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  1. Student Voices: The Art of Disenfranchised Youth A Semi-Failed Service Learning Experiment by Mathew and Jeff

  2. Have you ever wanted to do something really cool?

  3. ...like put on a really awesome art/poetry/reading event?

  4. One that uses the voices of teens who feel that school, or home, or society, is a place not for them?

  5. …and then realized you bit off WAY more than you could chew?

  6. ...and everything kind of just went to hell?

  7. Well, we did.

  8. Why aren’t you helping me? Whatever.

  9. Part 1: The Initial Plan

  10. “Because there is this blatant structure of school, there is no real influence to do something creative, for people to notice and pick that out… --Center School Student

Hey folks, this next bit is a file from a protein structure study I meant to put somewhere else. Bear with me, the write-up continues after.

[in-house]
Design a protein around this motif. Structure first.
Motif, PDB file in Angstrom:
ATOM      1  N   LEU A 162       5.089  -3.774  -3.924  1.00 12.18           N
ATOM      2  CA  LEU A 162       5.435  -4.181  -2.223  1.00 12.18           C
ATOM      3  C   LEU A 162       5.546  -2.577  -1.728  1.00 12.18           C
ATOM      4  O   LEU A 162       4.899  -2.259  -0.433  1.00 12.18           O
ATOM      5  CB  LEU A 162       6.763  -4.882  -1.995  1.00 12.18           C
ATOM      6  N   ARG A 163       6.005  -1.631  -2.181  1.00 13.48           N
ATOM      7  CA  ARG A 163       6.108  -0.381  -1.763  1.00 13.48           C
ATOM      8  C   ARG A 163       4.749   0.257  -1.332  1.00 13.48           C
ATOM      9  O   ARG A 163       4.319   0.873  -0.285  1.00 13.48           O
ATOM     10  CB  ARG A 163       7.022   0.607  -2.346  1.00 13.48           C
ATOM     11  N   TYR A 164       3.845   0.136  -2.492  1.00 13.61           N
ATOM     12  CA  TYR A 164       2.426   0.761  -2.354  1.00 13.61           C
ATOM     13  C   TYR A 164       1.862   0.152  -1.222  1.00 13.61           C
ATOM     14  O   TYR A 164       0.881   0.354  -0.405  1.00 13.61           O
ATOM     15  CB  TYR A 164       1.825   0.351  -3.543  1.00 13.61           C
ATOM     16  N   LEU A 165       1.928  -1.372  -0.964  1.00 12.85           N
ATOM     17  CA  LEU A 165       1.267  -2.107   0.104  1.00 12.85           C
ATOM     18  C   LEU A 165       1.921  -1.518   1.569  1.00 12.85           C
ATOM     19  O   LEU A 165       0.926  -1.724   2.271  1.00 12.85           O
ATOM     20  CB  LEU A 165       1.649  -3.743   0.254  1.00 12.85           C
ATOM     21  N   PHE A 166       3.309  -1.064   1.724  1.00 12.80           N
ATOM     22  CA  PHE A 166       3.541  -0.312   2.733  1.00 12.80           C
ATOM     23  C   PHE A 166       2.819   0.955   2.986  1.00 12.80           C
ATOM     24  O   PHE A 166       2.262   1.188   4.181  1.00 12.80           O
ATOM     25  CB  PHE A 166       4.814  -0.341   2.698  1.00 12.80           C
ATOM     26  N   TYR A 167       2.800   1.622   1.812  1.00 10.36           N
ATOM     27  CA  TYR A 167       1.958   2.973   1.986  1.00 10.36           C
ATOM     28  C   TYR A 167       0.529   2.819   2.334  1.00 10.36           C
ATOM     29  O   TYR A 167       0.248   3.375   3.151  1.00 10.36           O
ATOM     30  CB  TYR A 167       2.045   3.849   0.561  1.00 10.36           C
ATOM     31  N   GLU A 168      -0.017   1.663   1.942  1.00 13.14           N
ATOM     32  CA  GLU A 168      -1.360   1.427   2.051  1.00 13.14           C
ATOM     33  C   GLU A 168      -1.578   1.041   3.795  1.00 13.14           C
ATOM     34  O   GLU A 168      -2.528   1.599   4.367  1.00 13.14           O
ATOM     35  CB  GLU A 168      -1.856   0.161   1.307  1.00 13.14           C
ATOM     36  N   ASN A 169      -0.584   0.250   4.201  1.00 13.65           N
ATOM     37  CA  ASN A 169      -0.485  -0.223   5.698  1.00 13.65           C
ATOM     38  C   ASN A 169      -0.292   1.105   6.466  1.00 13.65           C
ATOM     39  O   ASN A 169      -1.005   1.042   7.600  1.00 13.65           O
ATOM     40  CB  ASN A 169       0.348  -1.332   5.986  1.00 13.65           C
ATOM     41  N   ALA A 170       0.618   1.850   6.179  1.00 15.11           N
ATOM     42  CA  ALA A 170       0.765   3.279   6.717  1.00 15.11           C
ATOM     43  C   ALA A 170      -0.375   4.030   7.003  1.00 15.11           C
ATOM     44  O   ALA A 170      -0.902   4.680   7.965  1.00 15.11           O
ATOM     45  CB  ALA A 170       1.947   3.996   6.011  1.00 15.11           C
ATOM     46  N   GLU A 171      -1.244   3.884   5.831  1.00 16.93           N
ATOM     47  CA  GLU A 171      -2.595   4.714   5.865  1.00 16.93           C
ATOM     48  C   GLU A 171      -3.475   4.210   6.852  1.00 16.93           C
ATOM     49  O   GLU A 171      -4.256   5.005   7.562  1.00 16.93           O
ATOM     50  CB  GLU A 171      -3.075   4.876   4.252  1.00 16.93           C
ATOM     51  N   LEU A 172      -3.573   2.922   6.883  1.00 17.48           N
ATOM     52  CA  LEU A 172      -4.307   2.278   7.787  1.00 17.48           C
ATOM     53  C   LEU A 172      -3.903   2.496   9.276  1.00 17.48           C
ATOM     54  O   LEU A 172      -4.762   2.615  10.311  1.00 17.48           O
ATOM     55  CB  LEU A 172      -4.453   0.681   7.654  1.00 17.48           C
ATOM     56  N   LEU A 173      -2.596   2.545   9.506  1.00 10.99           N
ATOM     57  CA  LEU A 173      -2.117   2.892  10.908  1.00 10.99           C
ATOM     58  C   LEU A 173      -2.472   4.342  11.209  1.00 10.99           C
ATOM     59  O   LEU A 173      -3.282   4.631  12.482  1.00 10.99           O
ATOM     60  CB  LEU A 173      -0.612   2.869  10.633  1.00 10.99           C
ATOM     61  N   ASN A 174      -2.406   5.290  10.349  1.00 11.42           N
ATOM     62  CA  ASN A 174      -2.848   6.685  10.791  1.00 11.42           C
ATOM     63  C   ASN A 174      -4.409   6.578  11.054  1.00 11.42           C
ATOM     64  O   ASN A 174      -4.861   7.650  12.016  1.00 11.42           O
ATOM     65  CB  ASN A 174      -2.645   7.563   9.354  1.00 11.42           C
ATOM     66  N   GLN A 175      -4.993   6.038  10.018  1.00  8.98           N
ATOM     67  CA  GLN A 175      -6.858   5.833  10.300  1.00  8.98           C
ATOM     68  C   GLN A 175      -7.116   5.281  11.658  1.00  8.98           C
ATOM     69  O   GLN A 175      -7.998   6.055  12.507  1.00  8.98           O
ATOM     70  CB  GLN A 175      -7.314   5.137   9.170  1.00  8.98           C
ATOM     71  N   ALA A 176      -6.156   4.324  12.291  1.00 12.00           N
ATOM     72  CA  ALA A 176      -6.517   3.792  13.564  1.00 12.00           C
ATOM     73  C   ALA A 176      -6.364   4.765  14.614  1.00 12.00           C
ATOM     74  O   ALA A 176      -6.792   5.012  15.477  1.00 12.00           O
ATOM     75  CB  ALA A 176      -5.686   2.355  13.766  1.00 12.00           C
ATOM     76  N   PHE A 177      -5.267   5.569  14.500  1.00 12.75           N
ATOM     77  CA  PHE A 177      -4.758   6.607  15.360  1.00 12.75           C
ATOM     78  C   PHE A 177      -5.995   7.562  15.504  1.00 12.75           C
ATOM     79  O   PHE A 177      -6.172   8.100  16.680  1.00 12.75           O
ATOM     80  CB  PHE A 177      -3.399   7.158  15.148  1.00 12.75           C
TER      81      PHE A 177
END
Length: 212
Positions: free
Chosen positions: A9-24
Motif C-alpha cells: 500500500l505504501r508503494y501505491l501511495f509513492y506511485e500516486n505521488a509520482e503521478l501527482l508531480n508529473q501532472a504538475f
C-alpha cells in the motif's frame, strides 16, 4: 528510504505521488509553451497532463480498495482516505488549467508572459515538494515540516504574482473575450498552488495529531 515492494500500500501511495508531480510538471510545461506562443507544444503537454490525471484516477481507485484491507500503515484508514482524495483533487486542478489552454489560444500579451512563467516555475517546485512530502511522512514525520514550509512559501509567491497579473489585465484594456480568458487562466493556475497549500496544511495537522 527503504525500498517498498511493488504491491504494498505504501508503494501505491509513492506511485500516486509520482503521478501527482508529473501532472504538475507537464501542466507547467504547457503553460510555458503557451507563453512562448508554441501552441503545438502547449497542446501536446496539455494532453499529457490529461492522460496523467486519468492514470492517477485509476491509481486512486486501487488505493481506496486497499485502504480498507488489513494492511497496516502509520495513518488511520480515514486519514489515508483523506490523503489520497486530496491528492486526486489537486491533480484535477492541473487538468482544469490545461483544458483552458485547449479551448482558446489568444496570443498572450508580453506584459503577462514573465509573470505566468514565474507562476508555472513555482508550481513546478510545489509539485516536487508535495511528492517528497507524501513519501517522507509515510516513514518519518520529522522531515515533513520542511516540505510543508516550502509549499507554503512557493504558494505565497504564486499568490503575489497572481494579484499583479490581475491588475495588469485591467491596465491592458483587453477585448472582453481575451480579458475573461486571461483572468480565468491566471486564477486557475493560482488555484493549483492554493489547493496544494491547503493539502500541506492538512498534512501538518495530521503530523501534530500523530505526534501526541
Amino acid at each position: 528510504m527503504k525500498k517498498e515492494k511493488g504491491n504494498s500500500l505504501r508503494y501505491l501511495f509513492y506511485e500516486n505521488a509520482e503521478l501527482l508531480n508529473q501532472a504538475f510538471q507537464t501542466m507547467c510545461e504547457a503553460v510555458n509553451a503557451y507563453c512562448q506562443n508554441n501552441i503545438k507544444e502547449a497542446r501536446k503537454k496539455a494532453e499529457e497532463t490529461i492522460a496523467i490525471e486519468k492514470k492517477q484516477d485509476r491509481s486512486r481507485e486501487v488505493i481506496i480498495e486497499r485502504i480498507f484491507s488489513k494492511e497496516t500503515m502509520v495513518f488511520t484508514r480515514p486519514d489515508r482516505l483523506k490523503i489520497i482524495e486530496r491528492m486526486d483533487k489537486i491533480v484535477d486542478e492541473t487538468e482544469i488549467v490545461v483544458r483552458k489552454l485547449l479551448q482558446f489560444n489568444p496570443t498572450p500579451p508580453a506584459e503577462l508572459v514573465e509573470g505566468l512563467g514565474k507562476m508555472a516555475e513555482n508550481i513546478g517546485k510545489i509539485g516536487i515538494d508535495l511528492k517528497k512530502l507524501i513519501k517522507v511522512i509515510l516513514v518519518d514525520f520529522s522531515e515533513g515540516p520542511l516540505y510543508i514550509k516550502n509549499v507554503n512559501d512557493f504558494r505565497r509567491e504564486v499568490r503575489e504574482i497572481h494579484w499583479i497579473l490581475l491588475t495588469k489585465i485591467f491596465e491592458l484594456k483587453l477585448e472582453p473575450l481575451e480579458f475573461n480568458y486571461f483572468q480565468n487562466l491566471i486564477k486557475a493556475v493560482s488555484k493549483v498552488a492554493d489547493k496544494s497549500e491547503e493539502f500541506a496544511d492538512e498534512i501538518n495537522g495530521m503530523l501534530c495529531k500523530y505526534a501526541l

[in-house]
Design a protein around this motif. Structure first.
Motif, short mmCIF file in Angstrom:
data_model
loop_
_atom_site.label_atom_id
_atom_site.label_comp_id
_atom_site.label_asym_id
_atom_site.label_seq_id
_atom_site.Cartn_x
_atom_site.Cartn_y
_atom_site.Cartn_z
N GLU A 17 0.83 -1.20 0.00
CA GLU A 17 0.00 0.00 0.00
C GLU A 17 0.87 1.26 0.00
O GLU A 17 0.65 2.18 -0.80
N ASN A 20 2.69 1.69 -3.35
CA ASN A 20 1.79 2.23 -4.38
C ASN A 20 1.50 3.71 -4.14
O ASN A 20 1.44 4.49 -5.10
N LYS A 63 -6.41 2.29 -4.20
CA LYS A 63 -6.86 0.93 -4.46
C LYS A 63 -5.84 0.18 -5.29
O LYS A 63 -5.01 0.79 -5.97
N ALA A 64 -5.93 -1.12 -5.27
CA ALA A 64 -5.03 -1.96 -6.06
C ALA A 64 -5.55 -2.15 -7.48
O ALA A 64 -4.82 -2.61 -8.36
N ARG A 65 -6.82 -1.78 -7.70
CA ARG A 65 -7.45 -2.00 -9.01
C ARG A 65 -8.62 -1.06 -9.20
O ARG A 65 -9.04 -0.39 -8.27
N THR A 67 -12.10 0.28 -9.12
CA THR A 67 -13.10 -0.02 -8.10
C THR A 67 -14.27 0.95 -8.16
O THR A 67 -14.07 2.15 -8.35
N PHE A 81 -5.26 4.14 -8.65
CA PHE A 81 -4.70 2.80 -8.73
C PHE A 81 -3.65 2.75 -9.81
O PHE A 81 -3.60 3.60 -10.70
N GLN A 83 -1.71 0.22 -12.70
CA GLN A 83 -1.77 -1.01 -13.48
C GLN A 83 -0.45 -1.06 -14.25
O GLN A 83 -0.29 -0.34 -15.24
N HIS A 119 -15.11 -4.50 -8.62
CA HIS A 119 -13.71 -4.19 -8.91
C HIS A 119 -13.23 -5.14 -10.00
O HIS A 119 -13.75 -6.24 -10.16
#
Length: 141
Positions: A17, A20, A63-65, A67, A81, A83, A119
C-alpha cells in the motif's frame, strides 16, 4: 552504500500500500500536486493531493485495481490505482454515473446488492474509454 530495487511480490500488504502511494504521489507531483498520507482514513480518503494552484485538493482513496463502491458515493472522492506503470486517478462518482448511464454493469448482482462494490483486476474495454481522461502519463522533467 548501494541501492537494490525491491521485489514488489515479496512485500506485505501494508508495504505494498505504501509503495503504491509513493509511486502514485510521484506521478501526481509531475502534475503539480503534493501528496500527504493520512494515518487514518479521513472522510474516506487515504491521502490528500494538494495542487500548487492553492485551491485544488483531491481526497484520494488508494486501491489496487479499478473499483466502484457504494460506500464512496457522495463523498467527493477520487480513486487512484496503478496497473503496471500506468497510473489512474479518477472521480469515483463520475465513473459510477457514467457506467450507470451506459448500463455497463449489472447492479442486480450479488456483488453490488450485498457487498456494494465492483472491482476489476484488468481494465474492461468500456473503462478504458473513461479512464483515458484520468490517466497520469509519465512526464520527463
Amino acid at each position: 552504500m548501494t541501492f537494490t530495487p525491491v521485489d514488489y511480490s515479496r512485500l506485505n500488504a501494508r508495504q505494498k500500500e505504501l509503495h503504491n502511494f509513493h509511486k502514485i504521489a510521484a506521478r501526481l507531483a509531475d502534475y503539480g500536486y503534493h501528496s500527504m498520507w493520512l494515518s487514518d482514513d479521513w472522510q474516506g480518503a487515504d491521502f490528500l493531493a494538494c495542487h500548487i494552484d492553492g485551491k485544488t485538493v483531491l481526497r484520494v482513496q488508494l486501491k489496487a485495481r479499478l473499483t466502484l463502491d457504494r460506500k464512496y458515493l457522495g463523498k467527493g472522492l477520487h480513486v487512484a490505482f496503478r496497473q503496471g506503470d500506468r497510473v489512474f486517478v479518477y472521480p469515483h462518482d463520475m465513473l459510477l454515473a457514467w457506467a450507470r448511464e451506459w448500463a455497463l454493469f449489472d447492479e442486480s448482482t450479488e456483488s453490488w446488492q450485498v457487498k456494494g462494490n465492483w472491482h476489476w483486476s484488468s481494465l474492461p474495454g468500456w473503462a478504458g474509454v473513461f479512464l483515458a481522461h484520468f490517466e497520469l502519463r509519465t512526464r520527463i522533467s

11. OUR IDEA Work with marginalized youth to foster a sense of self importance in their community, by allowing them the opportunity to create and implement a project that relates to youth incarceration and youth homelessness and provides a voice to those marginalized communities.

  12. THE GOALS OF THE PROJECT • Social personal skills to improve the community • Real results • Experience success • Deeper understanding of selves thru process • Leadership thru helping

  13. OUR PLAN 1. Seek out high school students who have been labeled as “difficult” by their teachers and staff. Students who: • Don’t do their homework. • Don’t show up to class. • Disrupt class. • Argue with their teachers. • Fail tests. • Are on the road to dropping out or being expelled. BUT! These students, like ALL students, have the potential for amazing artistic talents that aren’t being used...